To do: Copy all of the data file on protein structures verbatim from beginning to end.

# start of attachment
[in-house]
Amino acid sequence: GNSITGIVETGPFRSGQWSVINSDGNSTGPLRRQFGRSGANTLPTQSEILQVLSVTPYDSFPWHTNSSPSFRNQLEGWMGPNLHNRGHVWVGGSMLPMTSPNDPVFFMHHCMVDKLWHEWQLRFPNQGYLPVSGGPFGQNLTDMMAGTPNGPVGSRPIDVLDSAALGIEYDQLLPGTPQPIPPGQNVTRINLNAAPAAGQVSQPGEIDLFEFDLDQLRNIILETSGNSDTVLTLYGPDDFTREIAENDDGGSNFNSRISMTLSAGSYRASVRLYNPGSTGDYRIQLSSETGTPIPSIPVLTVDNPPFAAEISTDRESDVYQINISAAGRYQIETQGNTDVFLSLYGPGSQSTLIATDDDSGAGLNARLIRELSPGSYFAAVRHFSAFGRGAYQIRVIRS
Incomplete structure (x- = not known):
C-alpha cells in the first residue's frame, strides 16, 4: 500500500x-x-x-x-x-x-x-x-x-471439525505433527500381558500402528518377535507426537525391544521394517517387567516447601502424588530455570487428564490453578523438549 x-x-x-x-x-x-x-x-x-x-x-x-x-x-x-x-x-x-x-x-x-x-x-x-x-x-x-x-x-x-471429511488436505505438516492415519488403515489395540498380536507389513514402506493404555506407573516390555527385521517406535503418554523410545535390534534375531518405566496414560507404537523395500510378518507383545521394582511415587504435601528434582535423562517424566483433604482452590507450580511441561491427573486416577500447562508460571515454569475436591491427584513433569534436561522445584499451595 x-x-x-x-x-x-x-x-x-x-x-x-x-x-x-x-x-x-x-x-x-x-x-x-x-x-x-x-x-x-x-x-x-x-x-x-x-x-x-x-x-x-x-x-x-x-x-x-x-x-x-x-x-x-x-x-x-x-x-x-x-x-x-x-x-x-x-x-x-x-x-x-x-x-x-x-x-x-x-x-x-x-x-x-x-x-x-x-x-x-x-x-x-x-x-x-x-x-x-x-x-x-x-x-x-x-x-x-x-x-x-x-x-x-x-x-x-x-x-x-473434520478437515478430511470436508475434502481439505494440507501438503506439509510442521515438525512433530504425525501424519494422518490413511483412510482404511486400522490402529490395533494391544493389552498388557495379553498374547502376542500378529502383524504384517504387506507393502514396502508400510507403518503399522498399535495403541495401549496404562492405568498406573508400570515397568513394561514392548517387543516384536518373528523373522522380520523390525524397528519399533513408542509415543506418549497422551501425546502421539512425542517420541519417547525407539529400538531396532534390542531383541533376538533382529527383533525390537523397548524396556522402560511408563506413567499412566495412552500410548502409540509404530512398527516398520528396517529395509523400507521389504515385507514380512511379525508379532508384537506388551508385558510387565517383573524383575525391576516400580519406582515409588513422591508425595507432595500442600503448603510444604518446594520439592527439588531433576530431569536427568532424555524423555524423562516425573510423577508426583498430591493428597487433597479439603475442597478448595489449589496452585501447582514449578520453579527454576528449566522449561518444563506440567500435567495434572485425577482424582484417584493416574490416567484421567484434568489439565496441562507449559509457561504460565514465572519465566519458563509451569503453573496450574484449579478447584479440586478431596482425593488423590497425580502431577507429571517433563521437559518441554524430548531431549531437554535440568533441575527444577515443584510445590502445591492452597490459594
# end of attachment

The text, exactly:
[in-house]
Amino acid sequence: GNSITGIVETGPFRSGQWSVINSDGNSTGPLRRQFGRSGANTLPTQSEILQVLSVTPYDSFPWHTNSSPSFRNQLEGWMGPNLHNRGHVWVGGSMLPMTSPNDPVFFMHHCMVDKLWHEWQLRFPNQGYLPVSGGPFGQNLTDMMAGTPNGPVGSRPIDVLDSAALGIEYDQLLPGTPQPIPPGQNVTRINLNAAPAAGQVSQPGEIDLFEFDLDQLRNIILETSGNSDTVLTLYGPDDFTREIAENDDGGSNFNSRISMTLSAGSYRASVRLYNPGSTGDYRIQLSSETGTPIPSIPVLTVDNPPFAAEISTDRESDVYQINISAAGRYQIETQGNTDVFLSLYGPGSQSTLIATDDDSGAGLNARLIRELSPGSYFAAVRHFSAFGRGAYQIRVIRS
Incomplete structure (x- = not known):
C-alpha cells in the first residue's frame, strides 16, 4: 500500500x-x-x-x-x-x-x-x-x-471439525505433527500381558500402528518377535507426537525391544521394517517387567516447601502424588530455570487428564490453578523438549 x-x-x-x-x-x-x-x-x-x-x-x-x-x-x-x-x-x-x-x-x-x-x-x-x-x-x-x-x-x-471429511488436505505438516492415519488403515489395540498380536507389513514402506493404555506407573516390555527385521517406535503418554523410545535390534534375531518405566496414560507404537523395500510378518507383545521394582511415587504435601528434582535423562517424566483433604482452590507450580511441561491427573486416577500447562508460571515454569475436591491427584513433569534436561522445584499451595 x-x-x-x-x-x-x-x-x-x-x-x-x-x-x-x-x-x-x-x-x-x-x-x-x-x-x-x-x-x-x-x-x-x-x-x-x-x-x-x-x-x-x-x-x-x-x-x-x-x-x-x-x-x-x-x-x-x-x-x-x-x-x-x-x-x-x-x-x-x-x-x-x-x-x-x-x-x-x-x-x-x-x-x-x-x-x-x-x-x-x-x-x-x-x-x-x-x-x-x-x-x-x-x-x-x-x-x-x-x-x-x-x-x-x-x-x-x-x-x-473434520478437515478430511470436508475434502481439505494440507501438503506439509510442521515438525512433530504425525501424519494422518490413511483412510482404511486400522490402529490395533494391544493389552498388557495379553498374547502376542500378529502383524504384517504387506507393502514396502508400510507403518503399522498399535495403541495401549496404562492405568498406573508400570515397568513394561514392548517387543516384536518373528523373522522380520523390525524397528519399533513408542509415543506418549497422551501425546502421539512425542517420541519417547525407539529400538531396532534390542531383541533376538533382529527383533525390537523397548524396556522402560511408563506413567499412566495412552500410548502409540509404530512398527516398520528396517529395509523400507521389504515385507514380512511379525508379532508384537506388551508385558510387565517383573524383575525391576516400580519406582515409588513422591508425595507432595500442600503448603510444604518446594520439592527439588531433576530431569536427568532424555524423555524423562516425573510423577508426583498430591493428597487433597479439603475442597478448595489449589496452585501447582514449578520453579527454576528449566522449561518444563506440567500435567495434572485425577482424582484417584493416574490416567484421567484434568489439565496441562507449559509457561504460565514465572519465566519458563509451569503453573496450574484449579478447584479440586478431596482425593488423590497425580502431577507429571517433563521437559518441554524430548531431549531437554535440568533441575527444577515443584510445590502445591492452597490459594